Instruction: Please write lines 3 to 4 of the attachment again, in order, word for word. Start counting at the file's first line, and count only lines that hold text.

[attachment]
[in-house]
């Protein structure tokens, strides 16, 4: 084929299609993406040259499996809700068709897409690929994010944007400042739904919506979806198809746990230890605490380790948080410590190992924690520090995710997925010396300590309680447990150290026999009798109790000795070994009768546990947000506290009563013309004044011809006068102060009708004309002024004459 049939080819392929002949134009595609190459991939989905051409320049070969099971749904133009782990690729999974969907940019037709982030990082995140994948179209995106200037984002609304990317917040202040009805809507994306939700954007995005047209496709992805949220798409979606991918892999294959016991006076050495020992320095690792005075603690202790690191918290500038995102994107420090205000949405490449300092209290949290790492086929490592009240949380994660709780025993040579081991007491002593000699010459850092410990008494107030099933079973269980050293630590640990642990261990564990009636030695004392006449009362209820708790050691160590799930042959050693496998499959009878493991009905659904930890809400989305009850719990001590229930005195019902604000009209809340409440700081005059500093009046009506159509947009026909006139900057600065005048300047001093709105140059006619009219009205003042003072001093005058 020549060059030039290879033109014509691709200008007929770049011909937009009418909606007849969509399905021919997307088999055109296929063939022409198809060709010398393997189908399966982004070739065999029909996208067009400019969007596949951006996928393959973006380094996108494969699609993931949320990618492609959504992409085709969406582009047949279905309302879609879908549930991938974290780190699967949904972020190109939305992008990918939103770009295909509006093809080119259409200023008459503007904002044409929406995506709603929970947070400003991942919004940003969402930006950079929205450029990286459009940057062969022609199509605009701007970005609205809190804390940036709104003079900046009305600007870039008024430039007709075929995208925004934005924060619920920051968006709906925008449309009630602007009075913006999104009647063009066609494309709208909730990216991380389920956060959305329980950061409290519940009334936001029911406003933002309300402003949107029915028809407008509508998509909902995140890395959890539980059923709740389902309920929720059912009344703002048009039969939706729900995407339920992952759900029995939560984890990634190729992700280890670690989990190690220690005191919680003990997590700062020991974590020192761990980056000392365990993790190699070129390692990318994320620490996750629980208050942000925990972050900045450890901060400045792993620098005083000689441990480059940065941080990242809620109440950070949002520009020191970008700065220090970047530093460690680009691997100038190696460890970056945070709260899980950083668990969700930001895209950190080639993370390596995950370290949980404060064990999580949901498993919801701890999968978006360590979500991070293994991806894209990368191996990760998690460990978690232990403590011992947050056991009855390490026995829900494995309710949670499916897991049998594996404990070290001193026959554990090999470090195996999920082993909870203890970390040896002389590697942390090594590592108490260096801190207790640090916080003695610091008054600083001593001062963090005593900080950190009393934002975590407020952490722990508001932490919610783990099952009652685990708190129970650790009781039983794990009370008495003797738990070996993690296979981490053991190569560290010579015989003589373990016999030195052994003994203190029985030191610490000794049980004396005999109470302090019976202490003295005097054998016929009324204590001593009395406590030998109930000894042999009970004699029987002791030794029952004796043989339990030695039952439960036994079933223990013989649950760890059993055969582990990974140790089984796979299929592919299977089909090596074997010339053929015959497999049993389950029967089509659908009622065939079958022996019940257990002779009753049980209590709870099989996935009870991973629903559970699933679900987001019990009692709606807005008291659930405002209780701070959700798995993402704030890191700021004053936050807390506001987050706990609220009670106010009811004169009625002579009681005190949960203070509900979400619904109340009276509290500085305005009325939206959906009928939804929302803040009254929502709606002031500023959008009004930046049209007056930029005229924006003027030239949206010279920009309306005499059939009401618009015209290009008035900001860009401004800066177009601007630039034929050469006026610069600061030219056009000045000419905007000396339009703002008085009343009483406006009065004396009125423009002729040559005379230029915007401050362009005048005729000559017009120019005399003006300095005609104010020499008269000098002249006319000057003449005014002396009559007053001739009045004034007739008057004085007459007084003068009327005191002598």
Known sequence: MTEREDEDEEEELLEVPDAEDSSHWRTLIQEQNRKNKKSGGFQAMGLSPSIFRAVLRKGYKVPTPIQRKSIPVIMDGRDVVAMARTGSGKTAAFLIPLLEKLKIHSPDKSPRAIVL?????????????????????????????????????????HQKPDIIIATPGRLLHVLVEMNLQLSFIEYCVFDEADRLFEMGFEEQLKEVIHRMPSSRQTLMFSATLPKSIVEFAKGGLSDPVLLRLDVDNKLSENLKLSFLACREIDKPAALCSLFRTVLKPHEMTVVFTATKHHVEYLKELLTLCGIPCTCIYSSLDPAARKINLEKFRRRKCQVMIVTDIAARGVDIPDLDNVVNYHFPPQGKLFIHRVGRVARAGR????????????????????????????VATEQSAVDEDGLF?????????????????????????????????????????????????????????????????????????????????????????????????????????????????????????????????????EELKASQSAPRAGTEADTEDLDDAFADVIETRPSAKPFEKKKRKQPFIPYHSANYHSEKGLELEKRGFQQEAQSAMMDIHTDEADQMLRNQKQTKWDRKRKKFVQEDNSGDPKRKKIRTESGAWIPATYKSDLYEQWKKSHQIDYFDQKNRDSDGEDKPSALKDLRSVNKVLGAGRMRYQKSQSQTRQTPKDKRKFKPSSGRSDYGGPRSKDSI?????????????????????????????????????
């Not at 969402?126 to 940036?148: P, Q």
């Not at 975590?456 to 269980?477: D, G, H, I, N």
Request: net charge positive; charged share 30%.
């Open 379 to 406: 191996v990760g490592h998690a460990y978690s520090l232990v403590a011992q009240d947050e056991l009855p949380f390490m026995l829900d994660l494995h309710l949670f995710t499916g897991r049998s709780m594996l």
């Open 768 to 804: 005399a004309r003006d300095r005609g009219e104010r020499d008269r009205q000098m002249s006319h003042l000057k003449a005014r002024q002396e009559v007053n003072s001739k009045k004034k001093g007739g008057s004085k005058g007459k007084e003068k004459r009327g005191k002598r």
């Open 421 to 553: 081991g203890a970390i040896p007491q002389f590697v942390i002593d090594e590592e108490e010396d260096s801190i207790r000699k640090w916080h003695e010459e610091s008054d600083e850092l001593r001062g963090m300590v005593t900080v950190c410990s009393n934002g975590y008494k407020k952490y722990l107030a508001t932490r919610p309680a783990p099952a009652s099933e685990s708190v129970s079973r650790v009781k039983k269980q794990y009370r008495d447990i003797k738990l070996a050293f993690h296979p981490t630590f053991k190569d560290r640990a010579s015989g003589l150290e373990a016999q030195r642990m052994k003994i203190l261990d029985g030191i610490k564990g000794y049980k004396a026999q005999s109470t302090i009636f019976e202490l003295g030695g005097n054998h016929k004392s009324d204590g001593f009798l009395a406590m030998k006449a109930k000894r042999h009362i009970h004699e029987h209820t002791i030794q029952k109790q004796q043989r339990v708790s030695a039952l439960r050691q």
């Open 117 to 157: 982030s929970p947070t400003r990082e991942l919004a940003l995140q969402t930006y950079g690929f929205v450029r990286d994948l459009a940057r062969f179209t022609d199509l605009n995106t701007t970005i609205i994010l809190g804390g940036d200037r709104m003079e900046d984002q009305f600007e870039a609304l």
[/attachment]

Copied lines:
Known sequence: MTEREDEDEEEELLEVPDAEDSSHWRTLIQEQNRKNKKSGGFQAMGLSPSIFRAVLRKGYKVPTPIQRKSIPVIMDGRDVVAMARTGSGKTAAFLIPLLEKLKIHSPDKSPRAIVL?????????????????????????????????????????HQKPDIIIATPGRLLHVLVEMNLQLSFIEYCVFDEADRLFEMGFEEQLKEVIHRMPSSRQTLMFSATLPKSIVEFAKGGLSDPVLLRLDVDNKLSENLKLSFLACREIDKPAALCSLFRTVLKPHEMTVVFTATKHHVEYLKELLTLCGIPCTCIYSSLDPAARKINLEKFRRRKCQVMIVTDIAARGVDIPDLDNVVNYHFPPQGKLFIHRVGRVARAGR????????????????????????????VATEQSAVDEDGLF?????????????????????????????????????????????????????????????????????????????????????????????????????????????????????????????????????EELKASQSAPRAGTEADTEDLDDAFADVIETRPSAKPFEKKKRKQPFIPYHSANYHSEKGLELEKRGFQQEAQSAMMDIHTDEADQMLRNQKQTKWDRKRKKFVQEDNSGDPKRKKIRTESGAWIPATYKSDLYEQWKKSHQIDYFDQKNRDSDGEDKPSALKDLRSVNKVLGAGRMRYQKSQSQTRQTPKDKRKFKPSSGRSDYGGPRSKDSI?????????????????????????????????????
């Not at 969402?126 to 940036?148: P, Q």